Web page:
Diving Into Iloilo With Chef Tibong Jardeleza Jr.

From “The Best Food in Iloilo with Erwan Heussaff (Part 1)

Iloilo is a land full of culture from our traditional Filipino roots to Spanish and Chinese influences. The same can be said for its cuisine. The Iloilo City official website tells us that the city gets its name from its geography. The city is cut by the surrounding rivers to look like a nose hence being called “Irong-Irong” or nose-like which eventually evolved into the city’s current name. 

Chef “Tibong” Jardeleza Jr., author of the “Flavors of Iloilo” cookbook served as our guide on this culinary expedition, showing us all sorts of delectable spots to try out. Safe to say we ended up having a full day’s meal before noon.

If you’re ever going to take your own food trip around Iloilo City, our first recommended first stop would be the Iloilo Public Market where you can try the local produce such as the bukaka fruit with its earthy flavor. You can also pick up a few local ingredients such as the batwan, used to sour dishes as well as the wide assortment of dried fish.

Be sure to come back later around lunch time to try Jr. Rawit’s Native Lechon Manok as it’s been going strong for 35 years. Though if you prefer a late-afternoon snack, they serve beer and ihaw-ihaw starting at four in the afternoon.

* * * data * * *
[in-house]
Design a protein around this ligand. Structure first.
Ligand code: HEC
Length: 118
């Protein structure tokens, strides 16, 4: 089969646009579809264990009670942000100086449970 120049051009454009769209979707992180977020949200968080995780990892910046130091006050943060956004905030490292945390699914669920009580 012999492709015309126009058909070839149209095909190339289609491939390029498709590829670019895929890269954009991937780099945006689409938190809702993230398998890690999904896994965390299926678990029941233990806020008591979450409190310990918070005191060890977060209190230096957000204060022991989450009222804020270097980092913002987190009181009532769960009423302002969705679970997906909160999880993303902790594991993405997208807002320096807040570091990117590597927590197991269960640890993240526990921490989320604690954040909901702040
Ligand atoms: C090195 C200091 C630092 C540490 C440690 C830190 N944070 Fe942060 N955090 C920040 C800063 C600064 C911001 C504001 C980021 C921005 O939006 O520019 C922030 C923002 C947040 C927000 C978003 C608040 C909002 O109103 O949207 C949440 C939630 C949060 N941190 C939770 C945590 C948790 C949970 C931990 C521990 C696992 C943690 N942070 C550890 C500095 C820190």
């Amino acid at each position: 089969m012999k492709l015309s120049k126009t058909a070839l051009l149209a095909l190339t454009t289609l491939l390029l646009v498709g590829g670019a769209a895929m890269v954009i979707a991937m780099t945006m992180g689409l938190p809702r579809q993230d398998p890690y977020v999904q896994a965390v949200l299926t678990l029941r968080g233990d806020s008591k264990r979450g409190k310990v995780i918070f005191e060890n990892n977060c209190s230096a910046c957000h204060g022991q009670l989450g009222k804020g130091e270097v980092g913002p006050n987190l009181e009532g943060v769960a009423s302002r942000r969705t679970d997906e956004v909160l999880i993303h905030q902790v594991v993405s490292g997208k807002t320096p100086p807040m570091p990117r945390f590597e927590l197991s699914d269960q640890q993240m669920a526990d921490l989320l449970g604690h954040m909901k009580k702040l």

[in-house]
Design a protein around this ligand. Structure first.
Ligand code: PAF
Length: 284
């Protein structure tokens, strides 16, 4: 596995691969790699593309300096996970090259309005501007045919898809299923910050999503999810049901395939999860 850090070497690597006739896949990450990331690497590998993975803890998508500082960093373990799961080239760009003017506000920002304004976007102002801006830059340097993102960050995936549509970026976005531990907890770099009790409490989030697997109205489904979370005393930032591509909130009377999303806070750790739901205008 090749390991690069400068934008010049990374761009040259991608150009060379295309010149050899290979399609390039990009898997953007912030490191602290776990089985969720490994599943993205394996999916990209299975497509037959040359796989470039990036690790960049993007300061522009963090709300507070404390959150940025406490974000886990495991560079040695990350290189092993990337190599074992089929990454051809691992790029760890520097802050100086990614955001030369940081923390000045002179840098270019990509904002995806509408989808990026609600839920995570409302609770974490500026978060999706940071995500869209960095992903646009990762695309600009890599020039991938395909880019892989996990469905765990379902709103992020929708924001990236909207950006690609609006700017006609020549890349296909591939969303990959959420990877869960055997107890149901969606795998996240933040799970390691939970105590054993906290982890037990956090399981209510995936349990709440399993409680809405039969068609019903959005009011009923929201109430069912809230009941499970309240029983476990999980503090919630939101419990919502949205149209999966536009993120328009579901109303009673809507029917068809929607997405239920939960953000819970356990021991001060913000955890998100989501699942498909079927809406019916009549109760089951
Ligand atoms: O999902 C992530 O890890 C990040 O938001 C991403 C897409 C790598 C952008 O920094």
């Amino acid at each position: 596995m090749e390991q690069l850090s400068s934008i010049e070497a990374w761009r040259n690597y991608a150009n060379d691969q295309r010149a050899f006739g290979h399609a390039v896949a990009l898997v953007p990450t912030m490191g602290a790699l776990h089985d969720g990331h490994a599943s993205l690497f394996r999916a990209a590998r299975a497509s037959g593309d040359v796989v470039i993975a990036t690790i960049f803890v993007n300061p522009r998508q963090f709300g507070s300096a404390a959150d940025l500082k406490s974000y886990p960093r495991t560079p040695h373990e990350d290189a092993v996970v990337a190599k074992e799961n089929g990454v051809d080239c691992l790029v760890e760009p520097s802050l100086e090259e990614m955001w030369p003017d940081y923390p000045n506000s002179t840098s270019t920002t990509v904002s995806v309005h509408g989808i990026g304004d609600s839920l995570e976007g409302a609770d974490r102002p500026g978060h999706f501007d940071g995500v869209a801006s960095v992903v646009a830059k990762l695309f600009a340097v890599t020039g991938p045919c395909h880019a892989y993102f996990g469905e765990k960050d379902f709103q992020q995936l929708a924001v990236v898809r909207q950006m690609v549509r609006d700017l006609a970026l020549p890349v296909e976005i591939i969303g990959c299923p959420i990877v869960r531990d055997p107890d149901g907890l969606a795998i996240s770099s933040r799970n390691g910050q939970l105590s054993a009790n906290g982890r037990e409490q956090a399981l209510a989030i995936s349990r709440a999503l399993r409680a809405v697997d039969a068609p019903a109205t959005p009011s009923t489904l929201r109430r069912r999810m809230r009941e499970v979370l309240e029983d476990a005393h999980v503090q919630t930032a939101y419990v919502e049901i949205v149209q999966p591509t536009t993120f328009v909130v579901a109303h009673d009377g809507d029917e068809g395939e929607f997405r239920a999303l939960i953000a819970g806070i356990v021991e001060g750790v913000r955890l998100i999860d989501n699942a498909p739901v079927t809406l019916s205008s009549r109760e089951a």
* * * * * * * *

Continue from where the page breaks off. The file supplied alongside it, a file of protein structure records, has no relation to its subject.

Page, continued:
Once you’re done with early morning groceries, you can have a nice breakfast/brunch at Nora’s eatery which traces its origins back to 1969. With an array of grilled, Tagalog, and Ilonggo dishes, you won’t know what to try first. We recommend Sinabawang Isda na may Batwan for a traditional feel and the flavorful Pinamalhan nga Isda.

For a more savory meal care of Chef Tibong’s childhood is Cyril’s Eatery It’s a good place to try Arroz Valenciana which is a rice dish with coconut milk, turmeric, and meat as well as some delicious Lechon Paksiw.

So far, we’ve encountered a few unfamiliar dishes (unless you’re a local) but for many, these are flavors of home. For Bruce Buenafe, former OFW and current owner, cook, and even market runner of Beige Eatery, he missed the flavors of home during his time abroad and so he’s committed himself to delivering some of the food that he loves eating, withdishes like sauteed scallops or Chicken Biga-Biga.

No food trip would be complete without a round of dessert to wash it down and Maridel’s has you covered with amazing pastries.You have to try their Snicker’s Pie and Duck Pao. Take some home too!

Last but not the least is Breakthrough. Perfect for those who want a seaside view and an entire feast in front of them. Started in the 80’s, the restaurant is one of the city’s many icons serving both traditional and modern dishes such as Imbaw soup, a broth with hints of garlic, fresh bagoong, and Diwal or Steamed Angel Wings Clam with a butter dipping sauce.

By the end of this trip, you’ll probably feel like you’ve eaten a week’s worth of food. We can’t blame you, the smells that you’ll encounter alone are sure to fire up your appetite. One last tip both from us and from Chef Tibong is that exploring Iloilo’s food scene is something best done over the course of a week. Either way, we’re sure it’s already square on your bucket list!


“History.” Iloilo City, https://iloilocity.gov.ph/main/history/. Accessed 9 October 2023.

Written by: Miguel Lindog

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